This video production is a part of a four-panel report from the National Academies' America's Climate Choices project. The video maps out the realm of our accumulated knowledge regarding climate change and charts a path forward, urging that research on climate change enter a new era focused on the needs of decision makers.

In this activity, students use maps and data to learn about where and how hurricanes form and possible correlations with climate change affecting their strength.

This video is part of the Climate Science in a Nutshell series. This short, animated video looks at evidence of a rapidly warming planet. It discusses how air bubbles in ice cores can be used to estimate Earth's average air temperature for thousands of years and how direct measurements document air temperatures from 1880.

Activity is a Project BudBurst/National Ecological Observatory Network (NEON) exploration of eco-climactic domains, as defined by NEON, by investigating characteristics of a specific domain and studying two representative plants in that domain.

This video is the second of three short videos showcasing the dramatic changes in Alaska's marine ecosystems. The video highlights the marine mammals and birds and how they depend on Arctic sea ice, as well as questions about how these animals will cope in the face of climate change.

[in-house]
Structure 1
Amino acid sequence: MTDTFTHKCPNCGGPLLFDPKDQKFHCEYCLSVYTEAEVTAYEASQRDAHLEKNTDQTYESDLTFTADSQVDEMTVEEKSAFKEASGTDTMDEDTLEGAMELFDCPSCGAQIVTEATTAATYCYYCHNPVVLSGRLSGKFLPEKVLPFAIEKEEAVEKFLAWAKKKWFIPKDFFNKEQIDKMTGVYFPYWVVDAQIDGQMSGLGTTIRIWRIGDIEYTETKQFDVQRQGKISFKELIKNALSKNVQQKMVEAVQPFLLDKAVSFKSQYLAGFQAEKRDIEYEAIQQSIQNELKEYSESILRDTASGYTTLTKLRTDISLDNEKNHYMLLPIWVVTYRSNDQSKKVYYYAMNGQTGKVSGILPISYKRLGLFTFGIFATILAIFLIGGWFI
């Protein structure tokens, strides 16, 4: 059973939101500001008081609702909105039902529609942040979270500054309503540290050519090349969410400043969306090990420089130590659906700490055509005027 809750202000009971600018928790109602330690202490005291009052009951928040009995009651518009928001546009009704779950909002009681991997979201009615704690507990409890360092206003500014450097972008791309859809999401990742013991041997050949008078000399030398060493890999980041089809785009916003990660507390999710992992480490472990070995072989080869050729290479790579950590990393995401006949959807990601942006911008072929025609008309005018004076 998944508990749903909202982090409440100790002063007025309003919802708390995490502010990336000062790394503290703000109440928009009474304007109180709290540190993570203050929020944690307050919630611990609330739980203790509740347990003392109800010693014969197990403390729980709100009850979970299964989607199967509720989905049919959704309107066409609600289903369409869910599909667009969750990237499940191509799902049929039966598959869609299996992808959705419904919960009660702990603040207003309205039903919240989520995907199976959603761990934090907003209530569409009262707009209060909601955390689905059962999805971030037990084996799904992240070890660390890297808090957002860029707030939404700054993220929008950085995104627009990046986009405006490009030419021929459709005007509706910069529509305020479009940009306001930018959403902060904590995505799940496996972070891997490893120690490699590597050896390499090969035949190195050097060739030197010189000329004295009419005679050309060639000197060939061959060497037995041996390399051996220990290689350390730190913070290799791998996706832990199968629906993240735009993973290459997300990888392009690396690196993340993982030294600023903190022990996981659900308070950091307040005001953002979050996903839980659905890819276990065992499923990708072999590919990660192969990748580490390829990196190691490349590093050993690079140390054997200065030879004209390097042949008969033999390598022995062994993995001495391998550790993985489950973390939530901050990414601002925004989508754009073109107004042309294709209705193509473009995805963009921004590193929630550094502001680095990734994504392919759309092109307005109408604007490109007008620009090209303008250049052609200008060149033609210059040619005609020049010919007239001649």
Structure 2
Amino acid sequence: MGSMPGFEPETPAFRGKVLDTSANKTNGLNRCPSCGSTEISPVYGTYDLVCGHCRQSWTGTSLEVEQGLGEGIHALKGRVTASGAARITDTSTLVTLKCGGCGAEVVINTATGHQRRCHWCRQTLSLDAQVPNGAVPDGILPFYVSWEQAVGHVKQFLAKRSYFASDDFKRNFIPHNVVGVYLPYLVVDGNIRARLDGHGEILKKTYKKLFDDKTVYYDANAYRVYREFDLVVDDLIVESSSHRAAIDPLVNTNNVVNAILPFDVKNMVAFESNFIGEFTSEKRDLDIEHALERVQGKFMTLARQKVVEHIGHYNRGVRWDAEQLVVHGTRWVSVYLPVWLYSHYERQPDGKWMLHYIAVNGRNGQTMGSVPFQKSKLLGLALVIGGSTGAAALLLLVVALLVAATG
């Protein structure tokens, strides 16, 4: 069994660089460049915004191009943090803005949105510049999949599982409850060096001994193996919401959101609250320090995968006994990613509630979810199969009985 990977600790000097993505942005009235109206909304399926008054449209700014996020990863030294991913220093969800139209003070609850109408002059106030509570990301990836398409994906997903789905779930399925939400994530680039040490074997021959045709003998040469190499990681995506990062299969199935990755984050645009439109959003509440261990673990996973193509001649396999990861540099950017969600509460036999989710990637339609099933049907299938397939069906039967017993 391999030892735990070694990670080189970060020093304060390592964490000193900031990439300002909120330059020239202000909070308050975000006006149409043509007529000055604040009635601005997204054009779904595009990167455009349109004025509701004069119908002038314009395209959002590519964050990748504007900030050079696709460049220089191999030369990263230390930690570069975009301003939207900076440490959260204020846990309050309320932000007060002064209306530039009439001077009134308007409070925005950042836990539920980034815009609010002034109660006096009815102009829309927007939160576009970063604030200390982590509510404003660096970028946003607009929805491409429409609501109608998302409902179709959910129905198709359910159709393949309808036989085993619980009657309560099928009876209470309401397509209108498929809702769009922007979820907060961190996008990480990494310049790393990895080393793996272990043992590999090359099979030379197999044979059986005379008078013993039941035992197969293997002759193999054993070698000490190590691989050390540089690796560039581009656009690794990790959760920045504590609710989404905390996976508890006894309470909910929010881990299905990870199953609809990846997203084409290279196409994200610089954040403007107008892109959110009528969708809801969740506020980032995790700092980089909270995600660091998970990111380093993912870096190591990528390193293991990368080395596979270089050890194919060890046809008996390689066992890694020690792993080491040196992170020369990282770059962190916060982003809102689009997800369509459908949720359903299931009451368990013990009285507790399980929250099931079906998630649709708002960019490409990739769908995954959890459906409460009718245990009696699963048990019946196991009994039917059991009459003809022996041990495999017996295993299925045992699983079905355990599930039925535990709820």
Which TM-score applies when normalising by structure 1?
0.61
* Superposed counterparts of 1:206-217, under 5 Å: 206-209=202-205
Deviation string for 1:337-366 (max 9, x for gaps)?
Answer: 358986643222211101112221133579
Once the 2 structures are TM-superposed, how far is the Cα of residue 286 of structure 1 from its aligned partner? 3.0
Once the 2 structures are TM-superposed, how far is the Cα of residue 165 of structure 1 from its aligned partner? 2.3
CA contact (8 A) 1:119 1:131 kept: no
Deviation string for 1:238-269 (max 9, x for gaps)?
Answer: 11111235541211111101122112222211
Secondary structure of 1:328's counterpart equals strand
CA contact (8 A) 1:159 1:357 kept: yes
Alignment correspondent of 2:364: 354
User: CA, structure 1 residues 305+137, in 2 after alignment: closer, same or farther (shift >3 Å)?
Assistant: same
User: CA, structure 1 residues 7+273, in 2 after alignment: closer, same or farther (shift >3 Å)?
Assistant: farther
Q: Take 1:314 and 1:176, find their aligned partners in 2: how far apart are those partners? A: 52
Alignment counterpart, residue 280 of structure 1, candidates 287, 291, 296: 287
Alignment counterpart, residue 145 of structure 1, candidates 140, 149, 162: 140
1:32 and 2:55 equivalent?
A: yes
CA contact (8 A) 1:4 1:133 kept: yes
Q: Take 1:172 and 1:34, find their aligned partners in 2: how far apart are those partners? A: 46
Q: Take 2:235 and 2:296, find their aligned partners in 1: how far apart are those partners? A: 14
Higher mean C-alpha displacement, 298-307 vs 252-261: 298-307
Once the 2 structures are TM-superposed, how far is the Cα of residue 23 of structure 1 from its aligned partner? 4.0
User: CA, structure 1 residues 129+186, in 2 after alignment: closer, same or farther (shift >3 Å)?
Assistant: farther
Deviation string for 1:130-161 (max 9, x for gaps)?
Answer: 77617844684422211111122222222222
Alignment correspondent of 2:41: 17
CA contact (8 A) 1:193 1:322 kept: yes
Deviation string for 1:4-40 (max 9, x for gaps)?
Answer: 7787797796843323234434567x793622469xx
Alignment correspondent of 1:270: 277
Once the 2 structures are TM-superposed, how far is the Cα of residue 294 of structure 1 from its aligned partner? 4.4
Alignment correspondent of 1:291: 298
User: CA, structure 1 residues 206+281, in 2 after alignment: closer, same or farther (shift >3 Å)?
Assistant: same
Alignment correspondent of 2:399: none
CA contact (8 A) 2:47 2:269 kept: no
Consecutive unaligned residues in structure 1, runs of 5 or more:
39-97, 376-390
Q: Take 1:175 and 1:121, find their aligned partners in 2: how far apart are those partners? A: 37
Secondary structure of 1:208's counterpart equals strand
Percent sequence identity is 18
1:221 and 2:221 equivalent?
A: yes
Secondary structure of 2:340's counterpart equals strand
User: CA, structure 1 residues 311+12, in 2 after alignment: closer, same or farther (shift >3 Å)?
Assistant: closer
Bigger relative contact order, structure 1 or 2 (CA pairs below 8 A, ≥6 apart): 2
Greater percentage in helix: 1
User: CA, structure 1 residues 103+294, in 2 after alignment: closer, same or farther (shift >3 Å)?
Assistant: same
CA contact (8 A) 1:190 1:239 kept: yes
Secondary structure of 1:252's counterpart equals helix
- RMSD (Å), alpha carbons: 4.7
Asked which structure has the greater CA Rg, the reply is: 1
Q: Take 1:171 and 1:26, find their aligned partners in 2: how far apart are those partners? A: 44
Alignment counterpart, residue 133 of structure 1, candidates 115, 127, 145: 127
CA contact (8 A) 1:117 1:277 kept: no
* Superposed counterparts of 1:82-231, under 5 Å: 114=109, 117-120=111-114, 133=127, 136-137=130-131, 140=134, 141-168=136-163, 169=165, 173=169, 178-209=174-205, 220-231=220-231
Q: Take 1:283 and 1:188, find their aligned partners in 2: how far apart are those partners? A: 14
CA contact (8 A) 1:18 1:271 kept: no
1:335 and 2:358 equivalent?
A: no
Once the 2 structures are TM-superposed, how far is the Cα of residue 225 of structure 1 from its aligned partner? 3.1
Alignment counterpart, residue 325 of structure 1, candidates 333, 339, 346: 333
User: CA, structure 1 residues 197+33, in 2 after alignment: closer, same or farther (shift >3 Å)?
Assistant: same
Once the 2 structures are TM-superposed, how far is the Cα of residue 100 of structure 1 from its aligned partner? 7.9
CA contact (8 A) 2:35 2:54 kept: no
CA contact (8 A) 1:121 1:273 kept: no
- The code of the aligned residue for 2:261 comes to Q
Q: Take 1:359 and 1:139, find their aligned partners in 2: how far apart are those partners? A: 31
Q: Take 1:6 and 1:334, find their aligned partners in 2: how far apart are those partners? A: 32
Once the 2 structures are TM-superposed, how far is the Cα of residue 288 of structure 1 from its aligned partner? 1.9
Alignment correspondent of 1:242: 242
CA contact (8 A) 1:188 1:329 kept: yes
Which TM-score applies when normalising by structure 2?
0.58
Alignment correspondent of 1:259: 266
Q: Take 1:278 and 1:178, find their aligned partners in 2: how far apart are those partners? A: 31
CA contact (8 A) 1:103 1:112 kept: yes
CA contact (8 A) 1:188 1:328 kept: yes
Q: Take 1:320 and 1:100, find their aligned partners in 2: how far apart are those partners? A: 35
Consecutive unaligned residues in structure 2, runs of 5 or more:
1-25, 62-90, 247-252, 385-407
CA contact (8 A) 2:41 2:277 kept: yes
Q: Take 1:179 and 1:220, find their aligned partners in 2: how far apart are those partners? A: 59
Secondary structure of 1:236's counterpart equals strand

This series of five activities about ocean acidification incorporates real data from NOAA. The activities are organized as a pathway, with five levels increasing in sophistication, and different data-based inquiry activities.

Video and animations of sea level from NASA's Climate website. Since 1992, NASA and CNES have studied sea surface topography as a proxy for ocean temperatures. NASA Missions TOPEX/Poseidon, Jason 1 and Jason 2 have been useful in predicting major climate, weather, and geologic events including El Nino, La Nina, Hurricane Katrina, and the Indian Ocean Tsunami.

In this activity from NOAA's Okeanos Explorer Education Materials Collection, learners investigate how methane hydrates might have been involved with the Cambrian explosion.

This video describes how field research -- in this case, making water measurements in rugged mountain locations -- helps us to understand the complex relationships among changing climate, populations, and water usage.

In this short but effective demonstration/experiment, students investigate how thermal expansion of water might affect sea level.

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